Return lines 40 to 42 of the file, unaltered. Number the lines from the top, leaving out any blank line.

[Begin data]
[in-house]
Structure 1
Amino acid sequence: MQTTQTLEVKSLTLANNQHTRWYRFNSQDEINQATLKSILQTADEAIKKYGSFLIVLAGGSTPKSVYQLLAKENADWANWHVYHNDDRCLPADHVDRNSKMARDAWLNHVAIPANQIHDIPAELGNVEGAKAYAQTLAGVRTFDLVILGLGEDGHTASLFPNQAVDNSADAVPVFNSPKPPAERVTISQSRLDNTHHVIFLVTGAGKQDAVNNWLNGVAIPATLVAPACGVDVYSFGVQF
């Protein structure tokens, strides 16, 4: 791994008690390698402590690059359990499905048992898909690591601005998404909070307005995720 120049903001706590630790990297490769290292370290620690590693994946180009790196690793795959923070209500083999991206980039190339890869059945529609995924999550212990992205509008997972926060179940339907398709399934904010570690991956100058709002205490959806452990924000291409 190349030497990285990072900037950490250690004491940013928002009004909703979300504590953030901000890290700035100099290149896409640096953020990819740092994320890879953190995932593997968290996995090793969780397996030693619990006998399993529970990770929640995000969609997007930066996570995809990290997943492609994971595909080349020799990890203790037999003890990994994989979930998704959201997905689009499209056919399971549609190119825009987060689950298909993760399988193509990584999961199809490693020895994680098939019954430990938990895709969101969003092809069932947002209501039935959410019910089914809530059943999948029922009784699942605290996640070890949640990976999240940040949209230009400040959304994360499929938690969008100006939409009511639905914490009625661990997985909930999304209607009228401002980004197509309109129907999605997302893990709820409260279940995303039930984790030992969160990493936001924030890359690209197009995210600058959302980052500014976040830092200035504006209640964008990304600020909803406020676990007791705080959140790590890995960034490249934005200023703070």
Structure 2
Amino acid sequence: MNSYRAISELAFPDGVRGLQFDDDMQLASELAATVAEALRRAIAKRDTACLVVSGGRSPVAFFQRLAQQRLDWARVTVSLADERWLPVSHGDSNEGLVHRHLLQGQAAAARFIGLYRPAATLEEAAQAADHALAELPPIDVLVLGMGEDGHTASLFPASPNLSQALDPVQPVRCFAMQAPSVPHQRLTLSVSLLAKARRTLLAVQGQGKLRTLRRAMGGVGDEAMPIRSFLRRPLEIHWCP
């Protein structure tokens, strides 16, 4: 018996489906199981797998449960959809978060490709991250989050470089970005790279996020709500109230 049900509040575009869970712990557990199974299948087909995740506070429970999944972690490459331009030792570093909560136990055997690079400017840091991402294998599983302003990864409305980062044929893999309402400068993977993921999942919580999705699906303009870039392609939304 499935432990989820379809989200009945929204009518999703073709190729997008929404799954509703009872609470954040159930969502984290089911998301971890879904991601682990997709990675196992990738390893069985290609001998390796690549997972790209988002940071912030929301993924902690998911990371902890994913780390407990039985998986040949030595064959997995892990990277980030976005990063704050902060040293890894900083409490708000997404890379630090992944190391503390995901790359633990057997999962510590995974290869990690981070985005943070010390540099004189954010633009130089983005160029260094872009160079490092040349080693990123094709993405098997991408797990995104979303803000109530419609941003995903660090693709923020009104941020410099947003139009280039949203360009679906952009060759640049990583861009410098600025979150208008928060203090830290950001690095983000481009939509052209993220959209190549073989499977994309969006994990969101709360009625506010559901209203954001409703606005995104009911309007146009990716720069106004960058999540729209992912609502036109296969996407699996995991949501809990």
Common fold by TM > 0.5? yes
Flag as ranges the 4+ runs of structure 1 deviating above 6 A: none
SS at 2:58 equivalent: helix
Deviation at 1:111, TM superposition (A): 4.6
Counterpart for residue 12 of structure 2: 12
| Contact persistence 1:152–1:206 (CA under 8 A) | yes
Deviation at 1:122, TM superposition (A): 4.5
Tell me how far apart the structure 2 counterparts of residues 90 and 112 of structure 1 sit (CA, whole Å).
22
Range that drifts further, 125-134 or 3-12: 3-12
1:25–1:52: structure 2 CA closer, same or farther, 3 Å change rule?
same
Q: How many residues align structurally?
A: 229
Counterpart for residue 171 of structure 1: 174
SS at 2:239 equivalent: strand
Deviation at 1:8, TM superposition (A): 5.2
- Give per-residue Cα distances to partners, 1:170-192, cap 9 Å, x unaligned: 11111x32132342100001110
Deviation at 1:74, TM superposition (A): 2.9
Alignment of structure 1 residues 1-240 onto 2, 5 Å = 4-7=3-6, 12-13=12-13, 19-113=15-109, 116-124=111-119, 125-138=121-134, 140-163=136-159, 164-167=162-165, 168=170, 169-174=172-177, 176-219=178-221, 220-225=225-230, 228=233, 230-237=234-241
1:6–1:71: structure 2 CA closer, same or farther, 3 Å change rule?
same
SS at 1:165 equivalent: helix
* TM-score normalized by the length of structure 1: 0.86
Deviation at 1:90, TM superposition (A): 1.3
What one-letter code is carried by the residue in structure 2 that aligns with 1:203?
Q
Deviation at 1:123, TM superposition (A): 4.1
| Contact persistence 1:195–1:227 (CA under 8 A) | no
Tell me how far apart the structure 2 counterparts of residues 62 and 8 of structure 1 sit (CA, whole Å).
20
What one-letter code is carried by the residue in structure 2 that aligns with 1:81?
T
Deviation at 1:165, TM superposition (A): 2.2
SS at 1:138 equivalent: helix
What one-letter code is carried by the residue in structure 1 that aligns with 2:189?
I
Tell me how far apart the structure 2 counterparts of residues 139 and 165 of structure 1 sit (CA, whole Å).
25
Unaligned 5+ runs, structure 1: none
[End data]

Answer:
T
Deviation at 1:165, TM superposition (A): 2.2
SS at 1:138 equivalent: helix